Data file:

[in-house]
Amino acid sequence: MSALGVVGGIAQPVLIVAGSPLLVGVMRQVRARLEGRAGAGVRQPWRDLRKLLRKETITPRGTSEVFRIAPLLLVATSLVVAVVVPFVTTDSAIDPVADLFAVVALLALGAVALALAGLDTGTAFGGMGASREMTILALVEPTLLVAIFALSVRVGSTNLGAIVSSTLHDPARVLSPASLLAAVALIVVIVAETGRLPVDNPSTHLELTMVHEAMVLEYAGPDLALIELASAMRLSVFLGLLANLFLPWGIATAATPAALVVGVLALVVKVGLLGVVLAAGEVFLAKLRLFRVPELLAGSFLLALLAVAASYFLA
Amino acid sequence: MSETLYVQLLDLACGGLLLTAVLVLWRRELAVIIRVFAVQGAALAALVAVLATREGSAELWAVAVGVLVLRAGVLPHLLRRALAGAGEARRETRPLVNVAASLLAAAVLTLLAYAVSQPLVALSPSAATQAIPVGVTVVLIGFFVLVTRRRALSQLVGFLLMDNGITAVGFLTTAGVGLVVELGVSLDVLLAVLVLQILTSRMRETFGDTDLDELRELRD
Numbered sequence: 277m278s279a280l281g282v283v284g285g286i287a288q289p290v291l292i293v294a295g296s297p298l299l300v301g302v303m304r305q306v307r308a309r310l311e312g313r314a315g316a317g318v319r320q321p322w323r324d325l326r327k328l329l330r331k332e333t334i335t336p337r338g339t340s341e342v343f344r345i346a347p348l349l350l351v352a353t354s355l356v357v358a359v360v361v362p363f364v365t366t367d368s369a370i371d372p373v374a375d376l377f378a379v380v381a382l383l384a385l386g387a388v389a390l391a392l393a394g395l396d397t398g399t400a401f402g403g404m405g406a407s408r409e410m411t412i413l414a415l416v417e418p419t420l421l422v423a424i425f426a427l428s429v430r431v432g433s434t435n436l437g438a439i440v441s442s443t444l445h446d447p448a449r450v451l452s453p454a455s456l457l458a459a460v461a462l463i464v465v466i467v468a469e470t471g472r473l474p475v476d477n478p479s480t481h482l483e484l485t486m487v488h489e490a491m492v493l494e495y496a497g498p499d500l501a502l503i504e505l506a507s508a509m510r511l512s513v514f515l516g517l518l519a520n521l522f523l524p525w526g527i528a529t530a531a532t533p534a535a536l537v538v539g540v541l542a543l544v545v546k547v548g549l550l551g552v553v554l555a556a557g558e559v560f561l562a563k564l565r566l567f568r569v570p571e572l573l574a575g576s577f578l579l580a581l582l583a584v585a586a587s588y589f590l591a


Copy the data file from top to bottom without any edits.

[in-house]
Amino acid sequence: MSALGVVGGIAQPVLIVAGSPLLVGVMRQVRARLEGRAGAGVRQPWRDLRKLLRKETITPRGTSEVFRIAPLLLVATSLVVAVVVPFVTTDSAIDPVADLFAVVALLALGAVALALAGLDTGTAFGGMGASREMTILALVEPTLLVAIFALSVRVGSTNLGAIVSSTLHDPARVLSPASLLAAVALIVVIVAETGRLPVDNPSTHLELTMVHEAMVLEYAGPDLALIELASAMRLSVFLGLLANLFLPWGIATAATPAALVVGVLALVVKVGLLGVVLAAGEVFLAKLRLFRVPELLAGSFLLALLAVAASYFLA
Amino acid sequence: MSETLYVQLLDLACGGLLLTAVLVLWRRELAVIIRVFAVQGAALAALVAVLATREGSAELWAVAVGVLVLRAGVLPHLLRRALAGAGEARRETRPLVNVAASLLAAAVLTLLAYAVSQPLVALSPSAATQAIPVGVTVVLIGFFVLVTRRRALSQLVGFLLMDNGITAVGFLTTAGVGLVVELGVSLDVLLAVLVLQILTSRMRETFGDTDLDELRELRD
Numbered sequence: 277m278s279a280l281g282v283v284g285g286i287a288q289p290v291l292i293v294a295g296s297p298l299l300v301g302v303m304r305q306v307r308a309r310l311e312g313r314a315g316a317g318v319r320q321p322w323r324d325l326r327k328l329l330r331k332e333t334i335t336p337r338g339t340s341e342v343f344r345i346a347p348l349l350l351v352a353t354s355l356v357v358a359v360v361v362p363f364v365t366t367d368s369a370i371d372p373v374a375d376l377f378a379v380v381a382l383l384a385l386g387a388v389a390l391a392l393a394g395l396d397t398g399t400a401f402g403g404m405g406a407s408r409e410m411t412i413l414a415l416v417e418p419t420l421l422v423a424i425f426a427l428s429v430r431v432g433s434t435n436l437g438a439i440v441s442s443t444l445h446d447p448a449r450v451l452s453p454a455s456l457l458a459a460v461a462l463i464v465v466i467v468a469e470t471g472r473l474p475v476d477n478p479s480t481h482l483e484l485t486m487v488h489e490a491m492v493l494e495y496a497g498p499d500l501a502l503i504e505l506a507s508a509m510r511l512s513v514f515l516g517l518l519a520n521l522f523l524p525w526g527i528a529t530a531a532t533p534a535a536l537v538v539g540v541l542a543l544v545v546k547v548g549l550l551g552v553v554l555a556a557g558e559v560f561l562a563k564l565r566l567f568r569v570p571e572l573l574a575g576s577f578l579l580a581l582l583a584v585a586a587s588y589f590l591a